Often, when applying to drama school, the most daunting piece to prepare can be the classical monologue. If that's how you feel, then rest assured you're not alone, writes Josh Boyd-Rochford.
Many professional actors admit to being frightened of Shakespeare, to feeling adrift with the language, to a nagging sensation of not being clever enough. But all of us have to overcome that fear sooner or later.
If you're preparing a Shakespeare monologue, or indeed any classical monologue and feeling adrift with the language, then worry not; you're not the only one.
Dominic Dromgoole, Artistic Director of Shakespeare's Globe Theatre, writes in his wonderful book Will & Me “Stupefaction…I couldn't understand a blind word anyone was saying…Then I looked around and saw that a large percentage of the adults in the audience were as stupefied as I was.”
Once you've recognised you're not alone, then tackling the text itself is actually a relatively easy matter. Let's assume you've chosen your monologue, and you're happy that it fits your personality and appearance. It's worth pointing out, that although Shakespeare is probably the one that leaps to mind first, there are many wonderful monologues from Marlowe, Shaw, Middleton, Chekhov. These tend to be less commonly performed at auditions. Don't choose one of those just to shy away from Shakespeare though – face your fear!.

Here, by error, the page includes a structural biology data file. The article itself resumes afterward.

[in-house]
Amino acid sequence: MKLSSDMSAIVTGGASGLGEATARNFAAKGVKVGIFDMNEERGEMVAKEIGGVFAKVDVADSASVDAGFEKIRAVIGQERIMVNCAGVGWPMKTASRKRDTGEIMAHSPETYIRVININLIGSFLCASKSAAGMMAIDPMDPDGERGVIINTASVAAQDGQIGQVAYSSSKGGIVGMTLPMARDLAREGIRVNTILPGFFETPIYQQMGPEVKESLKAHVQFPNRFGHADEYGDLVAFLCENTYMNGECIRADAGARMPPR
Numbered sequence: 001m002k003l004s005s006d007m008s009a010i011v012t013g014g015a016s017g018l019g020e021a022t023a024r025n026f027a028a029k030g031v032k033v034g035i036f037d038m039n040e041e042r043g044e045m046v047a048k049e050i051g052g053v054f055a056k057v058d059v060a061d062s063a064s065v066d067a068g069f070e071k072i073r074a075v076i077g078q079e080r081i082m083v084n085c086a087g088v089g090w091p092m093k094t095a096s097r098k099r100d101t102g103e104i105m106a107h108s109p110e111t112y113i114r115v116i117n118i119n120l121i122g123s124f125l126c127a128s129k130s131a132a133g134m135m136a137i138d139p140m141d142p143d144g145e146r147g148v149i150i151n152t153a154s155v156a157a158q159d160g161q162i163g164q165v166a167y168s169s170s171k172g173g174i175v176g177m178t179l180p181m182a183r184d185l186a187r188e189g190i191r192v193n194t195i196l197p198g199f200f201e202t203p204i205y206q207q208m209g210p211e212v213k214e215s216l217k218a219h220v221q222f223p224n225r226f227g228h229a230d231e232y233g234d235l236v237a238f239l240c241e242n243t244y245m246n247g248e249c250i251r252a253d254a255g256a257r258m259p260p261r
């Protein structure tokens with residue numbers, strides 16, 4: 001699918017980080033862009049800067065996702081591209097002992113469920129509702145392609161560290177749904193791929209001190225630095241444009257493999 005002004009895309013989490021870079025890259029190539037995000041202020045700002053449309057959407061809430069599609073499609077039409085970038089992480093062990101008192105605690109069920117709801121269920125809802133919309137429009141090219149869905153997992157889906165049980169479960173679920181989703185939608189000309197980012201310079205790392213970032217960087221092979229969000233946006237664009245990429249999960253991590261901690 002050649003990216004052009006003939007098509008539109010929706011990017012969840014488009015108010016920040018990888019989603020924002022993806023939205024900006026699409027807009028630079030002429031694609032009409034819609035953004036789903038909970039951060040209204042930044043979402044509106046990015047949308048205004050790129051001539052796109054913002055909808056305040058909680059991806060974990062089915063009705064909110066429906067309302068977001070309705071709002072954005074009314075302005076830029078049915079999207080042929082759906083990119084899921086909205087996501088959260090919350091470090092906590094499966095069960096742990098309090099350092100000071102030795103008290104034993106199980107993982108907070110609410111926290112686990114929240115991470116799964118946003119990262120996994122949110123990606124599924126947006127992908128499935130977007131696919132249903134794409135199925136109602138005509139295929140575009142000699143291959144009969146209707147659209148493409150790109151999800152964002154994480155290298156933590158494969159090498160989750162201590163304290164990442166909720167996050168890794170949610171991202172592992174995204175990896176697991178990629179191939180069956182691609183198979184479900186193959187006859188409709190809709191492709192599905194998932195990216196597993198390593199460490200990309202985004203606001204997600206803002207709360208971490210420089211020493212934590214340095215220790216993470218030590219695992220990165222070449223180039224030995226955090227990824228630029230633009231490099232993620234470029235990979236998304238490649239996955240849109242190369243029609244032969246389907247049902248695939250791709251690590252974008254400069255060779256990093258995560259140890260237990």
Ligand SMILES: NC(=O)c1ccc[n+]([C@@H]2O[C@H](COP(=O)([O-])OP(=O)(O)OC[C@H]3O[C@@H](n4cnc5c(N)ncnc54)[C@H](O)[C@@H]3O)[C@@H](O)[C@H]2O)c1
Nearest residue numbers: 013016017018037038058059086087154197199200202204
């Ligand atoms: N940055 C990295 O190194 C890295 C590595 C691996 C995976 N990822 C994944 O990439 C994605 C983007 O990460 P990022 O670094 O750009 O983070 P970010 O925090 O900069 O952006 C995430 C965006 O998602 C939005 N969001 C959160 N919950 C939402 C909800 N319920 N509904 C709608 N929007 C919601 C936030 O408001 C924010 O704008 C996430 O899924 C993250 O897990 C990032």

There are many ways to begin unpicking the text; you may find some of these suggestions don't work for you, or don't work in the order I've suggested. That's fine, take what does work, and put the rest aside. I try to understand how a piece of text is written first, and then find the emotional journey through it. You may prefer to approach it with heart first and head later.
I once had the pleasure of working with Prunella Scales and Timothy West on a production of A Midsummer Night's Dream. These giants of British theatre spent many hours working with a group of neophyte actors, distilling their knowledge of classical text. I've found their advice invaluable, not just in classical work, but also applied to modern text.
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